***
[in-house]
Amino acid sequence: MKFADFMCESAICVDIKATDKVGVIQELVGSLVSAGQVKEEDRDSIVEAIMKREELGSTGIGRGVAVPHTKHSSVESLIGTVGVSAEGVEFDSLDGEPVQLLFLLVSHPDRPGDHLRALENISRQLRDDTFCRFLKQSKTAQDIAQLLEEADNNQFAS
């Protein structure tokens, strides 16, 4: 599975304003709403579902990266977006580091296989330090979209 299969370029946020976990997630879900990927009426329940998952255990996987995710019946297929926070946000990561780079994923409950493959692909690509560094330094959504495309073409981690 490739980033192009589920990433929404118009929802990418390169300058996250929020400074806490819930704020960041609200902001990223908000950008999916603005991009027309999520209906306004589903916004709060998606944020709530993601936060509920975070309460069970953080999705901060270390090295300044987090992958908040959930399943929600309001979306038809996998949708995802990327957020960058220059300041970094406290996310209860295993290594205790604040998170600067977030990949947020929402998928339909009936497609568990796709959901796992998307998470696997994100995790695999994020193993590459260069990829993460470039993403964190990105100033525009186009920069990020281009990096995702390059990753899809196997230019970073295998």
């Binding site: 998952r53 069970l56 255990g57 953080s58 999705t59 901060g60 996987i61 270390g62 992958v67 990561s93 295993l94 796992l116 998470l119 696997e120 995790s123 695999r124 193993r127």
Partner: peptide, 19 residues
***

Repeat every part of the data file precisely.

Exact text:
[in-house]
Amino acid sequence: MKFADFMCESAICVDIKATDKVGVIQELVGSLVSAGQVKEEDRDSIVEAIMKREELGSTGIGRGVAVPHTKHSSVESLIGTVGVSAEGVEFDSLDGEPVQLLFLLVSHPDRPGDHLRALENISRQLRDDTFCRFLKQSKTAQDIAQLLEEADNNQFAS
């Protein structure tokens, strides 16, 4: 599975304003709403579902990266977006580091296989330090979209 299969370029946020976990997630879900990927009426329940998952255990996987995710019946297929926070946000990561780079994923409950493959692909690509560094330094959504495309073409981690 490739980033192009589920990433929404118009929802990418390169300058996250929020400074806490819930704020960041609200902001990223908000950008999916603005991009027309999520209906306004589903916004709060998606944020709530993601936060509920975070309460069970953080999705901060270390090295300044987090992958908040959930399943929600309001979306038809996998949708995802990327957020960058220059300041970094406290996310209860295993290594205790604040998170600067977030990949947020929402998928339909009936497609568990796709959901796992998307998470696997994100995790695999994020193993590459260069990829993460470039993403964190990105100033525009186009920069990020281009990096995702390059990753899809196997230019970073295998």
């Binding site: 998952r53 069970l56 255990g57 953080s58 999705t59 901060g60 996987i61 270390g62 992958v67 990561s93 295993l94 796992l116 998470l119 696997e120 995790s123 695999r124 193993r127």
Partner: peptide, 19 residues